Mother’s Day has never been about being a mother to me. Sure, I relish in the eggy brunch, the greeting cards adorned with x’s and o’s, fragrant flower arrangements, and handmade macaroni necklaces as much as any mom, but the day has always been more about being a daughter. I can remember many Mother’s Days I’ve celebrated for my mom yet, rarely can tell you about any Father’s Days. Maybe that’s because, as we like to tease my husband, every day is father’s day, and only one day is set aside to recognize the one person who spends the other days recognizing and celebrating us.
This Sunday will be my fourth Mother’s Day since my mom passed away. This is not meant to be sad because my mom taught me – in addition to how to fold a fitted sheet and the secret to a flaky piecrust and that church laughter can happen outside of church – she taught me to accept hardships and pain because they are as much about life as the triumphs and happiness. Everydayshe showed us by example how to find the positive in any circumstance and let me tell you, she was dealt the mother of a circumstance that tested all her convictions. She died from one of the harshest illnesses around – ALS. Throughout her brave embrace of this fatal illness for which there is no cure, one morning stands out. When my mom, wheelchair bound, not able to speak or eat for over a year, and after a hard night of all things the flu, she wheeled out of that bedroom with a big smile on her face and applauded the sunny day. Sunshine was the positive she found in that moment where others might have found despair.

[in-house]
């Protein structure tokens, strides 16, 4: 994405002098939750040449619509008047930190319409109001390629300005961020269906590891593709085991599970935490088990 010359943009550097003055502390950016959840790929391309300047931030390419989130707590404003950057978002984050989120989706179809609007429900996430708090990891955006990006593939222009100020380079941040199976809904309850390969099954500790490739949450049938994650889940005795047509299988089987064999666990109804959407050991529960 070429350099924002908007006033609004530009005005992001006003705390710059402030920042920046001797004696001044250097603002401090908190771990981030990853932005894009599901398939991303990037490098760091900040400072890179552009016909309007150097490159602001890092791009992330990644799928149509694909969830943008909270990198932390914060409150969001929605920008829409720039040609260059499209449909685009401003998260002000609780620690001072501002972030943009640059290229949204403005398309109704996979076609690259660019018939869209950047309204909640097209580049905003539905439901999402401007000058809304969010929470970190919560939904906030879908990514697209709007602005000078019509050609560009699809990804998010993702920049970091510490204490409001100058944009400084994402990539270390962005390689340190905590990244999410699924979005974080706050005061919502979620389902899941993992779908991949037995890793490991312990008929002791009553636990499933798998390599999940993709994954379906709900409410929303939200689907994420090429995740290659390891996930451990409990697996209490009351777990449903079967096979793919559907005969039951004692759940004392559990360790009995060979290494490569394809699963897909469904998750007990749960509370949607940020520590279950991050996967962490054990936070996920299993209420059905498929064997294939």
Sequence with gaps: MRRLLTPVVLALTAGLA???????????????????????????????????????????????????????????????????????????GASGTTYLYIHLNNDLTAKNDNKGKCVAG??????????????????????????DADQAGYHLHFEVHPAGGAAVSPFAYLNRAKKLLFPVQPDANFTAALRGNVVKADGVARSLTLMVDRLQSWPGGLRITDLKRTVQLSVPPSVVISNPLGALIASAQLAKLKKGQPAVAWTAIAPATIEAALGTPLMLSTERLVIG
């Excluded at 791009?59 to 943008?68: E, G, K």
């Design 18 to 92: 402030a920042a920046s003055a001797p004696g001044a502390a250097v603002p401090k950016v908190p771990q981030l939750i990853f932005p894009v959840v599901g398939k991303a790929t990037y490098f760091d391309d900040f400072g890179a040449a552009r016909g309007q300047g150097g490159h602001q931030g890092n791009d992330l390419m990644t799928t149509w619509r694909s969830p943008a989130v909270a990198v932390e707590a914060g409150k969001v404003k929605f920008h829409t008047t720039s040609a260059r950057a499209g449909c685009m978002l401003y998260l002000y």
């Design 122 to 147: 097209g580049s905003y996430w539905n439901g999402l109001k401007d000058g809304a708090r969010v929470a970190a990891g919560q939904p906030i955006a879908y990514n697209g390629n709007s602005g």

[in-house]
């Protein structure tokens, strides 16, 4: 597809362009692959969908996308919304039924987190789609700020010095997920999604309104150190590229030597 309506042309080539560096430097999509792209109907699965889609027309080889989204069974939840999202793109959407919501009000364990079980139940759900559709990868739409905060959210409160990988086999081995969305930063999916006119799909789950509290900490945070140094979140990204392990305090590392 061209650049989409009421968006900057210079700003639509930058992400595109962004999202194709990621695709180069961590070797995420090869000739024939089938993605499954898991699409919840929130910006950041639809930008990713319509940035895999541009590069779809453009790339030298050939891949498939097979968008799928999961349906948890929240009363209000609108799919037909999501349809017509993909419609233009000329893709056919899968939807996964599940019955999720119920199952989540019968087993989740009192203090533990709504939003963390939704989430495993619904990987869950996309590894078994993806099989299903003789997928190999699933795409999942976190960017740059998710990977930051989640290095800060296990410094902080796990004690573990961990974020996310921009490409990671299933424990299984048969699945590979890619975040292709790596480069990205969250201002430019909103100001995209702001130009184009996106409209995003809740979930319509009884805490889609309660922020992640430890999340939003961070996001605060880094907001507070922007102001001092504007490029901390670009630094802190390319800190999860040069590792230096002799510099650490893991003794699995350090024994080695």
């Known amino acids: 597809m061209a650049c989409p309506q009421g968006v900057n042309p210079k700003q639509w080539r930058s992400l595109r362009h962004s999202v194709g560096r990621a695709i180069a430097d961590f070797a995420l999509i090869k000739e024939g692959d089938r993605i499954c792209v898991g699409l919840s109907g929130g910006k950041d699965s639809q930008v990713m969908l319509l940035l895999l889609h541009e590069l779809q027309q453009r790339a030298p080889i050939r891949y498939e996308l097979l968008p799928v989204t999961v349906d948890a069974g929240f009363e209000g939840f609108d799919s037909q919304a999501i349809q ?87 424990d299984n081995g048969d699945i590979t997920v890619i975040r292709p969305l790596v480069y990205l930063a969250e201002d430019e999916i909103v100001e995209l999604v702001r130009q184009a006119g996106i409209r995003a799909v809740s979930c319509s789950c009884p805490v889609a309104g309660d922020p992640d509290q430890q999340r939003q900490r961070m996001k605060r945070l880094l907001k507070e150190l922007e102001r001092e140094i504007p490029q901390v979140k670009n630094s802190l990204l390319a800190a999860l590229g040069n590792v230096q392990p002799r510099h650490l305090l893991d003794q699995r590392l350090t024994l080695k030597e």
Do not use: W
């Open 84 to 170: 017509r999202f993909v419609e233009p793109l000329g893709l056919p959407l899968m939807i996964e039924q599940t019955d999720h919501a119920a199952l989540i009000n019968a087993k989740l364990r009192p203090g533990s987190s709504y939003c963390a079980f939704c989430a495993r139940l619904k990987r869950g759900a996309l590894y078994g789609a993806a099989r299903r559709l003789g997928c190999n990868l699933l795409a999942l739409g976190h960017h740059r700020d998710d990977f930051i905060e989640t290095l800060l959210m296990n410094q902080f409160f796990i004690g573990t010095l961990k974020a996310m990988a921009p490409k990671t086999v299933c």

Really, there’s no room for maudlin thoughts on Mother’s Day because my mom was full of fun, zany in a Lucille Ball way, a grand cheerleader for all, and as my Uncle Dale would say “she was the glue that kept this family together.” Her lesson in family unity endured and now well over one hundred of us gather each year from across the country for a family reunion in South Bend, Indiana. We play baseball, tell stories all at the same time shouting over one another, we laugh, and then we laugh some more. And this reunion, like most in the Midwest, kicks off with a buffet of the creamiest, nastiest, cheesiest, deliciously sinful casseroles. But there’s one that’s talked about to this day – “Your” Mom’s Macaroni & Cheese. Not to overshadow Aunt Ruthe’s chicken noodles or Cousin Cindi’s mashed potato casserole, both prizes in their own right, but my mom’s macaroni & cheese was legendary and often center stage on the carbo-tastic spread. We’ve missed that cheesy dish (talking about the mac&cheese here) that she perfected added more cheese to through the years and we’ve missed the cackle of her laughter and her voice that screeched above the rest of a very loud family. Cousin Susie, who graciously prepares the mac & cheese every year, based on my mom’s recipe, feels she hasn’t quite matched it, although I would argue that it is delicious and worthy of every calorie. But, I set out to see if I could in fact recreate the baked mac & cheese like my mom’s. After comparing notes, reading through my mom’s recipe vault, conferring with my dad, and the Creamettes box, I believe I’ve nailed it. So, family and friends here is the very best baked macaroni and cheese on the planet. It’s not our usual crunchtime fare where we avoid processed foods and cholesterol-laden ingredients and rely on recipes that can be made in a jif – but this worthwhile break from our nutrition regimen for Mother’s Day is here to celebrate our moms who taught us to appreciate the good in life, home cooking, laughter, and sunshine.